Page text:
Aoshi emancipated. Everyone’s key beef with the second film was the sad underdevelopment of Aoishi Shinomori’s character and the Oniwabanshu story line. Reduced to a mad man whose only line was “Where is Battosai?”, Aoishi (Yusuke Iseya) made up with an epic tree-slicing battle what he lacked so sorely in terms of plot and character development. Although Kenshin would have more grandiose battles scene ahead of him, this slice-and-dice with Aoshi was pivotal on several aspects. For one, this is the first time in the film we see the legend return, renewed from his training with Hiko and with Amakekeru under his sleeve. I think the movie Aoshi could not have picked a worse time to have finally met Battosai; rather than giving Kenshin a fight for his life, Aoshi just volunteered to be a practice session. But it was a fierce one at that! If I had to pick one single fight scene to rewind several times in this film, this would be it.
Theatrics and politics. I guess it was naive of me to have clung to the hopes that the films would be a blow-by-blow retelling of the manga. As we moved from the first movie to Kyoto Inferno, Otomo has taken liberties from the material, but he did so the most in this final chapter. Here we see Shishio move his theatrics from his home base to the front door of the Japanese government, directly issuing a demand for Kenshin’s head via public execution. This pivot is what I believe allowed for more holes in the plot than were easy to dismiss. But it also shifted the wave of antagonism from Shishio to the new regime, emphasizing that the politicians are not as clean and dignified as they believe themselves to be. It also put in relief that Kenshin was neither breed of megalomania – he was purely a pacifist who just so happened to be talented in violence.
The boy and the man. The weak and the strong. Kenshin’s round two bout with Sojiro Seta was one of many fight scenes that I felt was too short (nothing was as short as Sato Hajime and Usui’s one-gatotsu kill, but a movie can’t breach 3 hours I guess). But at least I was spared the pain of seeing Kenshin get good and sliced as he battled this young’un. The fight played out in a corridor-wide space of metal sheets and wood planks, with the epicene boys harnessing both speed and accuracy. It was short but sweet, specially on that moment when Kenshin returned the favor of breaking Sojiro’s sword. And bow.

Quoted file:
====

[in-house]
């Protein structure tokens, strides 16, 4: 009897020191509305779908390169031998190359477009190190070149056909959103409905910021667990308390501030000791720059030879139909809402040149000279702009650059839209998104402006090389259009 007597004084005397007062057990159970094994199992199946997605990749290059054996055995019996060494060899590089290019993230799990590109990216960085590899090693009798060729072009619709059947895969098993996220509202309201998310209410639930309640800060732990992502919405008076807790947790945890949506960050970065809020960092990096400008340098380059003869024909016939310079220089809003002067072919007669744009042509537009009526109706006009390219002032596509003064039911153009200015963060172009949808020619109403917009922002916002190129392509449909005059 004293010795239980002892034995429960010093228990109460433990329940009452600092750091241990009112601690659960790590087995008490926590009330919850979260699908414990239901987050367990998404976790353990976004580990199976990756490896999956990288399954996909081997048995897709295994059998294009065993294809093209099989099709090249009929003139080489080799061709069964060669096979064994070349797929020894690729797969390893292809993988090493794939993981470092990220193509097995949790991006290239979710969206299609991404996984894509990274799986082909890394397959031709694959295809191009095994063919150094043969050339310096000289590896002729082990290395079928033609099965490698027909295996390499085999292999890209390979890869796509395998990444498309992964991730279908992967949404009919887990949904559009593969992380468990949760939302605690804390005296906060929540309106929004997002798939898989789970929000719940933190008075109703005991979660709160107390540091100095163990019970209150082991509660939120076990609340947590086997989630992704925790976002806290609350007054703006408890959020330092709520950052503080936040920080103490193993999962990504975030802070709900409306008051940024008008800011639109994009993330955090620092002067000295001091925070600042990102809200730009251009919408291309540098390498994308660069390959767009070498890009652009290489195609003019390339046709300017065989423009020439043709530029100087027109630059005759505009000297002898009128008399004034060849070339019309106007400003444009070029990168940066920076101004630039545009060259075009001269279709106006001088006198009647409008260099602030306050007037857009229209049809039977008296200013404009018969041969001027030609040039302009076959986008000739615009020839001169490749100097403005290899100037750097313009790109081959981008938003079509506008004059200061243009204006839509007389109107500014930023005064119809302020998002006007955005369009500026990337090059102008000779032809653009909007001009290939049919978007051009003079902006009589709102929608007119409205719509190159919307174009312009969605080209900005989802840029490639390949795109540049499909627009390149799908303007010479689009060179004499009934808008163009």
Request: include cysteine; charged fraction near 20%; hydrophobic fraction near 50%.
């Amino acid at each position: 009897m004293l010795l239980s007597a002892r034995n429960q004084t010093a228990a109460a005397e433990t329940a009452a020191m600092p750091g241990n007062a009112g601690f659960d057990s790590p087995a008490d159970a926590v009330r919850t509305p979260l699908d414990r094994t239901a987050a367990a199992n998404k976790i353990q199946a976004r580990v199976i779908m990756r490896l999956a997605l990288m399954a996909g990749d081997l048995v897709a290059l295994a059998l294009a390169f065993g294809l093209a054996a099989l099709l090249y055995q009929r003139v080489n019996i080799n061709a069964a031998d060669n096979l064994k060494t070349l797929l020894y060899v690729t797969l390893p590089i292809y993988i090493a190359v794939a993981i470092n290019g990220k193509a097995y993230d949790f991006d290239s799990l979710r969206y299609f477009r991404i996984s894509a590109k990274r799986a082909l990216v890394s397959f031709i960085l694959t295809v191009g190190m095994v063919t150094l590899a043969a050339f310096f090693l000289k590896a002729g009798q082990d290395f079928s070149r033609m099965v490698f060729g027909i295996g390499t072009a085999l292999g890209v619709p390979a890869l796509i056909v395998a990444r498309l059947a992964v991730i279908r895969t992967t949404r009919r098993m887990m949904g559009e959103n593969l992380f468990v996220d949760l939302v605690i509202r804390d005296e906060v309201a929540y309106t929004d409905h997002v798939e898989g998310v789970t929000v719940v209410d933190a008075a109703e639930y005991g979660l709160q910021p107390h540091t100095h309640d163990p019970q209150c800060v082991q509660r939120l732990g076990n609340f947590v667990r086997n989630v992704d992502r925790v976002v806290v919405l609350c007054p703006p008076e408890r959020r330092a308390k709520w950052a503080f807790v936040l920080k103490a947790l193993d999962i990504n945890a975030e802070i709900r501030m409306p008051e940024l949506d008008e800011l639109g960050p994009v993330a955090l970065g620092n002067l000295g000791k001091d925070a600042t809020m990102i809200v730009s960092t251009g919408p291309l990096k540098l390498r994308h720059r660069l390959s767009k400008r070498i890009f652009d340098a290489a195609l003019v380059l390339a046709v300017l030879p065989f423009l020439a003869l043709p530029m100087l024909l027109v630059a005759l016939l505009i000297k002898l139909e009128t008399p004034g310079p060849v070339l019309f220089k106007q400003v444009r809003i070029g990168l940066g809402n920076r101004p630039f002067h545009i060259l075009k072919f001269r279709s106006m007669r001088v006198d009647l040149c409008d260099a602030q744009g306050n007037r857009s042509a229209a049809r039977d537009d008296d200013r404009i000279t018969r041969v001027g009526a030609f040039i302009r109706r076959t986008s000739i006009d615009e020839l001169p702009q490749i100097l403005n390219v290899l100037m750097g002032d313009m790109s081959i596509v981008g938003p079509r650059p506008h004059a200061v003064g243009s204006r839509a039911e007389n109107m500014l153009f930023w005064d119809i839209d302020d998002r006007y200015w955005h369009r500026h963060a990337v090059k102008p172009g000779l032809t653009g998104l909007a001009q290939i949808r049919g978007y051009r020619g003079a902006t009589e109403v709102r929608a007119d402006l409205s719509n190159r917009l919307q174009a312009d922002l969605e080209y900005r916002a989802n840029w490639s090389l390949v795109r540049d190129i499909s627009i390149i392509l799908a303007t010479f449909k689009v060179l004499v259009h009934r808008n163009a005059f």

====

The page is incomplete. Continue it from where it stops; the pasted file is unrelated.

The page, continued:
Notice me senpai. The five-man battle. I can’t say I was looking forward to this scene, because Shishio scared the hell (pun intended) out of me and because I know Otomo was sure to put the shoulder-biting part in the movie (because really, who wouldn’t?). Many would have argued against the bits where Otomo decided to digress from the manga, but he sure did know when to stick with it. This epic five-man battle was lifted nearly page by page from the comics, and if you never thought you can imagine how five people can engage in battle all at once (with one of them not even wielding a sword), well this movie will show you in both close angles and sweeping views. Though I could not help a snicker every time Shisio bellowed “who are you??” to Sano and Aoishi, that was all I could do to break the tension.
When the katana-bullets were released and with Yumi skewered and dead on the floor, the crowded setting was reduced to only the two retired assassins. Spent and bleeding just like his opponent, I have lost all hope that Kenshin could draw the strength to deliver his Amakakeru Ryu No Hirameki. But deliver it, he did. Shishio, the arrogant bastard that he is, crumpled but still stood up long enough so he can be defeated in his own terms, devoured in his own flames.
A maple leaf promise. As the movie winds down, we know that Hiko has fulfilled his promise. Battousai is dead, but much like the madman Shishio, he died in his own terms, and now all that is left is Himura Kenshin. Rid of the shadows of his past, Kenshin has renewed his life’s purpose. He is now free to allow himself to be happy, and to make promises he can keep.
The legend has ended.
P.S. I still cling on to hope of the Jinchu arc coming to life in the big screen too. I hope Warner Brothers Japan can make a promise on that as well! Gambatte!
Photo and video credits to owners.